It has been a long, winding, sometimes “Tough-Mudder”-reminiscent road with my body. And I think it’s important to begin with saying, it will never be perfect. The struggle will never just poof into thin air, and I now know that that is a good thing.
Looking back, I can see my issues with food and my body arising alongside some unexpected pain in my personal world. I discovered food as a drug, a way to cope. Soon after, I had a friend tell me about ‘diet soda fasts’ (my nutritionist-self cringes) and I began to control my intake, control my body, and feel control in my life. I would fast for a few days, and then eat whatever I wanted for one, and continue on with the cycle. One day, I lost the control. I felt unable to restrict myself. I kept trying to fast, but my once-a-week eat-athon turned into a weeks, then months. I was mortified. My formerly lean, athletic frame was swollen and puffy, as was my heart. I was incredibly ashamed. I remember being brought into the dean’s office for wearing my gym clothes to school, and I sank as I told him that they were the only clothes that fit me. The heart ache I feel as I write those words and relive that moment is still very strong.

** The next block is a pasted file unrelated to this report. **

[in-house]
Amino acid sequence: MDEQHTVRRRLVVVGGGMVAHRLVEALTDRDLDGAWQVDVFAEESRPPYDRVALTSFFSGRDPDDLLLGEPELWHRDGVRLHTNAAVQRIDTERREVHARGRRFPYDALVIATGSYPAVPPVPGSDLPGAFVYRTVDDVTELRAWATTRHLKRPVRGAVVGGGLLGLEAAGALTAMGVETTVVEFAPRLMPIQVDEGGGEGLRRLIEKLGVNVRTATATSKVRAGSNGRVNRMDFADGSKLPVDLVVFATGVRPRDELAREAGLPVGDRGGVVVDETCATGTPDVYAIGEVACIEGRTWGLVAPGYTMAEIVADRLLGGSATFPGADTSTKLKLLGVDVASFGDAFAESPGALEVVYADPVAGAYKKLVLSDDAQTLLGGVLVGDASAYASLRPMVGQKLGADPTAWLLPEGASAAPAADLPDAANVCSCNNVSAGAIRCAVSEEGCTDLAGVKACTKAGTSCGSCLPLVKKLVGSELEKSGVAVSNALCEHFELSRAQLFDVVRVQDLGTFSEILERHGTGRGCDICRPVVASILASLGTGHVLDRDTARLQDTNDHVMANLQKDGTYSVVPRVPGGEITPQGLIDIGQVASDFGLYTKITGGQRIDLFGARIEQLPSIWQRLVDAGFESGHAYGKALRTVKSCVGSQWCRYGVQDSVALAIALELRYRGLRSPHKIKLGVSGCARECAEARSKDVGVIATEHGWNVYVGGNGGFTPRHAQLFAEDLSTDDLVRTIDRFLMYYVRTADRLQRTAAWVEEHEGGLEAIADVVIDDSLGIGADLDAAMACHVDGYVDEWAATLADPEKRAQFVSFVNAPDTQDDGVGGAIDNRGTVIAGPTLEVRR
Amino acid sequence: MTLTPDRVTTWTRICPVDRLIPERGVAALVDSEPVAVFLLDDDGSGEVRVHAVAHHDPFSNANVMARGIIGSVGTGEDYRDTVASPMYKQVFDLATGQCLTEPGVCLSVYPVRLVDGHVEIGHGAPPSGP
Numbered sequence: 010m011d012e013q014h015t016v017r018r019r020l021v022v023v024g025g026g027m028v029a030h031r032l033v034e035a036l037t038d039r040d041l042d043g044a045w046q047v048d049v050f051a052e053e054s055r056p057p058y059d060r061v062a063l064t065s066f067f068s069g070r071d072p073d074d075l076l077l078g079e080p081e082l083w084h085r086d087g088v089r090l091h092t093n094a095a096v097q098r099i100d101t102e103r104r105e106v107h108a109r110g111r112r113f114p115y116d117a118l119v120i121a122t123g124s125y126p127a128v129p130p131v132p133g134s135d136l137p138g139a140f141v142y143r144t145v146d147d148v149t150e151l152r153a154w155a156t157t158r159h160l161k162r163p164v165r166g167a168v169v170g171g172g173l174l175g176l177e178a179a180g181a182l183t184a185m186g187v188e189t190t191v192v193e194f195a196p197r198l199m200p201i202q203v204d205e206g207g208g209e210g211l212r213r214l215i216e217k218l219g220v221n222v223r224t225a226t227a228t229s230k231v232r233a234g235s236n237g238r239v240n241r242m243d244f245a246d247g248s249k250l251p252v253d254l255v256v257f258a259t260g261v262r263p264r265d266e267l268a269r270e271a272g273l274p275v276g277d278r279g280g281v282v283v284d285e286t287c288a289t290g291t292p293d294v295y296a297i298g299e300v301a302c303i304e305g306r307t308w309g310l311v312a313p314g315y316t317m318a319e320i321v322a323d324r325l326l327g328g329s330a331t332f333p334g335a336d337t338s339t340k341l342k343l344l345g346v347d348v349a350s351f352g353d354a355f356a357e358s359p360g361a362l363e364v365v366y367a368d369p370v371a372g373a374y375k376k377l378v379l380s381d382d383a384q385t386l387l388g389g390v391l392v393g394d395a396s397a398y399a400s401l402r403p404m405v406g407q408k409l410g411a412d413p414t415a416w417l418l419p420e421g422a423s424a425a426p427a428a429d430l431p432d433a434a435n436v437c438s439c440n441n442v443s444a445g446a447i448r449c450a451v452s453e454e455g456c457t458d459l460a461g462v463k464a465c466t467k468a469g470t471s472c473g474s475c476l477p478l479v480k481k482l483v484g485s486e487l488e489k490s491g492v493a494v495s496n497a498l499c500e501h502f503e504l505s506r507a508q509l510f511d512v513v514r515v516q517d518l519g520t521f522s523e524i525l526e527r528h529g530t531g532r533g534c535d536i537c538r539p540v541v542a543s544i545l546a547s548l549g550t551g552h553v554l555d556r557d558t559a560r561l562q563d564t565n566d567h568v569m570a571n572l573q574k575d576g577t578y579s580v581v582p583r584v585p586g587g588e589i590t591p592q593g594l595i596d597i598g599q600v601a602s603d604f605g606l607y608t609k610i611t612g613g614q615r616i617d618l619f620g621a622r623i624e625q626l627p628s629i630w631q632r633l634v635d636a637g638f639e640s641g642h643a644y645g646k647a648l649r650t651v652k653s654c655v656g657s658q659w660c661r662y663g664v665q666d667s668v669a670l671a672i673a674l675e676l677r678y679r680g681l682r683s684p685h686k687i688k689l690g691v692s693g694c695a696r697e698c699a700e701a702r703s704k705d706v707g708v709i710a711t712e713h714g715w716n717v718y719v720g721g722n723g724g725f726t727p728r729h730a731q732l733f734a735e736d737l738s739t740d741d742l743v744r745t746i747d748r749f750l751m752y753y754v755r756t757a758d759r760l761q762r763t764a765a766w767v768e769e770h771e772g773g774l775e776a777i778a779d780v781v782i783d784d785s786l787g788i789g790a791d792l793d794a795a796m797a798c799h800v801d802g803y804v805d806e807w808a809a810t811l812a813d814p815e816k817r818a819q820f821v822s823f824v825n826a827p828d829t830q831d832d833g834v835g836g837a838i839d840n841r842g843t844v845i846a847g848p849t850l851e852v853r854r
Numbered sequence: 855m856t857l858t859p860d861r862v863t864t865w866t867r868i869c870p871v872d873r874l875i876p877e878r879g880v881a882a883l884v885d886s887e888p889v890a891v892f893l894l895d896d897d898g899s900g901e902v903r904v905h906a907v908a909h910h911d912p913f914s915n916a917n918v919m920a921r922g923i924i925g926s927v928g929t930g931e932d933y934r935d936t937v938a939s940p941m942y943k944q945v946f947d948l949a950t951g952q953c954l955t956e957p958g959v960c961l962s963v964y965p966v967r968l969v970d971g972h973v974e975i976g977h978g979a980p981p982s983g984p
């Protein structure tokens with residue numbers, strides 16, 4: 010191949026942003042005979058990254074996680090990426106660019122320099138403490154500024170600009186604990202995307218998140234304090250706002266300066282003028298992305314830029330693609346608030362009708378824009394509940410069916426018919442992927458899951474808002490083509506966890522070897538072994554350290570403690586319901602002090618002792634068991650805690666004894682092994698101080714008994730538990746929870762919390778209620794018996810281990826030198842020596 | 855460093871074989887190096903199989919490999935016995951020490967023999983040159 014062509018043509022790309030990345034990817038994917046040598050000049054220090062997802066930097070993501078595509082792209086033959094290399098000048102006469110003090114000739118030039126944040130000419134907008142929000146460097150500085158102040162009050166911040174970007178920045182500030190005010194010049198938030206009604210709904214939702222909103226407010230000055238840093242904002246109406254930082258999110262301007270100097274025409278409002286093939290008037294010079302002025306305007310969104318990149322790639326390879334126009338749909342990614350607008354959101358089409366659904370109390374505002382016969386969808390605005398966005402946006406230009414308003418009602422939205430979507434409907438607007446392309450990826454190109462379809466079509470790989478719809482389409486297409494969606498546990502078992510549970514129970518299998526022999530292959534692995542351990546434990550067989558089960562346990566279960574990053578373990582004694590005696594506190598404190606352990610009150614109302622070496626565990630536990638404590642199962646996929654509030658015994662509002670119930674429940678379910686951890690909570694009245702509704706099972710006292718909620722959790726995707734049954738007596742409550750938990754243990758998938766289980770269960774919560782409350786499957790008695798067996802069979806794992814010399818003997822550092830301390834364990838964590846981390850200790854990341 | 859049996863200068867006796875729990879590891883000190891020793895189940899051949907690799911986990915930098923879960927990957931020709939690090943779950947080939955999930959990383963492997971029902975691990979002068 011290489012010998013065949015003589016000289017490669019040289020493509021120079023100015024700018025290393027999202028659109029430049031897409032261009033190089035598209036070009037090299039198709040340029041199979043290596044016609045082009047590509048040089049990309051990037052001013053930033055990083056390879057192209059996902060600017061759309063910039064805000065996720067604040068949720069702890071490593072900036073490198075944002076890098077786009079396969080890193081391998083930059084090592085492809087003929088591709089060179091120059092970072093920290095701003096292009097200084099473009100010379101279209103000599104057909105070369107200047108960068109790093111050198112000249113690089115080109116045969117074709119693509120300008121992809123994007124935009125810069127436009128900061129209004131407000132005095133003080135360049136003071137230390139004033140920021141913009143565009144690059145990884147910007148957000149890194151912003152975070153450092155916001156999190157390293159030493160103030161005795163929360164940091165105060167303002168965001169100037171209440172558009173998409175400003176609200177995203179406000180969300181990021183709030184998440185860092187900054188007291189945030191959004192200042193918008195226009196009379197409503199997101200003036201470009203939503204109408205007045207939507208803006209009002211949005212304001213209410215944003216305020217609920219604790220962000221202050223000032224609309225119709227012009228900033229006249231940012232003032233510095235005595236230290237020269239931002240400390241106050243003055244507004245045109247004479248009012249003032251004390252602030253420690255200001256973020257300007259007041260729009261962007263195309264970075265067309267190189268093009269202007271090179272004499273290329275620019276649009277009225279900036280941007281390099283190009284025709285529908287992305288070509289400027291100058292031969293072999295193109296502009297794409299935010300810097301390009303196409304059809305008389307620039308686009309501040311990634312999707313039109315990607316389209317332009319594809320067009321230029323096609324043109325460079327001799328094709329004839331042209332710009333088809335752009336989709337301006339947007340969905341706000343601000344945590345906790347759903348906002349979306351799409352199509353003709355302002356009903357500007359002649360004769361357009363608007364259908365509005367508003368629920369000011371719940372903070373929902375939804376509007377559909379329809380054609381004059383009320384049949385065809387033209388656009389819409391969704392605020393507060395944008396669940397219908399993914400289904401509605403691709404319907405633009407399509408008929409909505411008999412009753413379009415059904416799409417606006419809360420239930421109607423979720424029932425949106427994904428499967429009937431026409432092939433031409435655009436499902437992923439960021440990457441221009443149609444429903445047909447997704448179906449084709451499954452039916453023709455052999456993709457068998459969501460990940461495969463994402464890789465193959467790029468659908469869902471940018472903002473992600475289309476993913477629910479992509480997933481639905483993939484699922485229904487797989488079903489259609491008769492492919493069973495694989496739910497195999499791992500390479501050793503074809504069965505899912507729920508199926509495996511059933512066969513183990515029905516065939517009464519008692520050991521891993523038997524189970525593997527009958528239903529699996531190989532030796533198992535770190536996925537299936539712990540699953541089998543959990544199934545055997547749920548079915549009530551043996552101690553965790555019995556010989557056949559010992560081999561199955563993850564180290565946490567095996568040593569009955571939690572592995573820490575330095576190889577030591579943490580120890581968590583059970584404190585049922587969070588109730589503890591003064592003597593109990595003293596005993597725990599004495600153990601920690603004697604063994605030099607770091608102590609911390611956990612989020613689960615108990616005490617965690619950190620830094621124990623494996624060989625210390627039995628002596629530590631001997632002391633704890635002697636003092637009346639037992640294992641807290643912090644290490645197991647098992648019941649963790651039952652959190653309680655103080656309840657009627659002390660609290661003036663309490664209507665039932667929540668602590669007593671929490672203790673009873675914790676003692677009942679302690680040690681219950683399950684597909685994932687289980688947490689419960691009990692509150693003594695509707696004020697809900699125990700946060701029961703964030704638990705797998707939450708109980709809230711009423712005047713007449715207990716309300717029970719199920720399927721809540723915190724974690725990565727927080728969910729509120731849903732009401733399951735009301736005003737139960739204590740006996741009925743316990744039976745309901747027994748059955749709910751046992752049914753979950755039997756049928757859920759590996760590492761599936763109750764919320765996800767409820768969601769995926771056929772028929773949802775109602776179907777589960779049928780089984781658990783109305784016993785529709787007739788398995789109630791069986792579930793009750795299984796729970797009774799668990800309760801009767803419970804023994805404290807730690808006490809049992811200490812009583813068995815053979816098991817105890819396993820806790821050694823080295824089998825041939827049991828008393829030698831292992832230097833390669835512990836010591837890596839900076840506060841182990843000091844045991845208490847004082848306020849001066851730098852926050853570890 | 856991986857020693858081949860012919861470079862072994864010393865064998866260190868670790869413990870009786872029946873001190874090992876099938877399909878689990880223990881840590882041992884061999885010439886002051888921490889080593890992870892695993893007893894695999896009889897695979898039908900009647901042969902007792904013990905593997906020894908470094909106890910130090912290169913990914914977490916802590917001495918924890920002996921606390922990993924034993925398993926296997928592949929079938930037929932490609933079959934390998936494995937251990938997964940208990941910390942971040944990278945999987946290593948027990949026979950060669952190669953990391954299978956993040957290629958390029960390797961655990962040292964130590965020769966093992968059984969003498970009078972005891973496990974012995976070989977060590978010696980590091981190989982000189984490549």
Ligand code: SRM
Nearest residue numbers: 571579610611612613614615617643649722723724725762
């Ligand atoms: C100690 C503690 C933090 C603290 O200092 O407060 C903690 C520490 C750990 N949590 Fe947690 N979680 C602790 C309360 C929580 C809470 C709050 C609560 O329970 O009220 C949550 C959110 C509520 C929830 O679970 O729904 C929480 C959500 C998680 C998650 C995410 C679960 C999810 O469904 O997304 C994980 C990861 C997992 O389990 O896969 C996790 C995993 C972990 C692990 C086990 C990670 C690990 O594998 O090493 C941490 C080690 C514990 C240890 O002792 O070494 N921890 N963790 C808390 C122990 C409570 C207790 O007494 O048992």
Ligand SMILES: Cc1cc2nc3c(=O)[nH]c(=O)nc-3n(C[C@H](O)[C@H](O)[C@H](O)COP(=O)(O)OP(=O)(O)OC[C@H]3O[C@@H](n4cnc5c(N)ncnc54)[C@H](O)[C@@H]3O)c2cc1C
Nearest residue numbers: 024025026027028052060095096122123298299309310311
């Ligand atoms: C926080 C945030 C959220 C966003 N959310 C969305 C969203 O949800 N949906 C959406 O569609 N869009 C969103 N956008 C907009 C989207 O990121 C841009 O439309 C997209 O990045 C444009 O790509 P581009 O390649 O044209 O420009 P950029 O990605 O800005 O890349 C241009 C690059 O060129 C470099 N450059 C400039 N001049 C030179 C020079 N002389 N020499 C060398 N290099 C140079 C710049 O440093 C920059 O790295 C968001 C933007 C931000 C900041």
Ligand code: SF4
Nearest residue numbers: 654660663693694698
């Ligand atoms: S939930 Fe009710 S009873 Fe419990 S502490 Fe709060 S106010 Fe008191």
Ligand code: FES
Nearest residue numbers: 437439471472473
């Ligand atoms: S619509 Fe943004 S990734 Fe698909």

My shame and effort to control myself continued into college. I felt broken, misunderstood, and completely lost. I discovered yoga, and a reconnection to my body was born. It didn’t fix me, but I felt better. Soon after, I took a class on Buddhism, and following in the steps of my beloved, I traveled to Nepal to study in a Tibetan Buddhist Monastery. Again, not a cure, but a much deeper connection to myself. Since then, I have continued to seek deeper healing and with each modality, each experience, I have healed my wounds and developed a relationship with myself that words could never express the depth of my gratitude for.
My scars are still there, and they serve as a reminder of where I’ve been, what I have overcome, and the incredibly strong, wise, compassionate woman I have become. I have a lot to share here, but will end on that note. More to come.
With humble gratitude,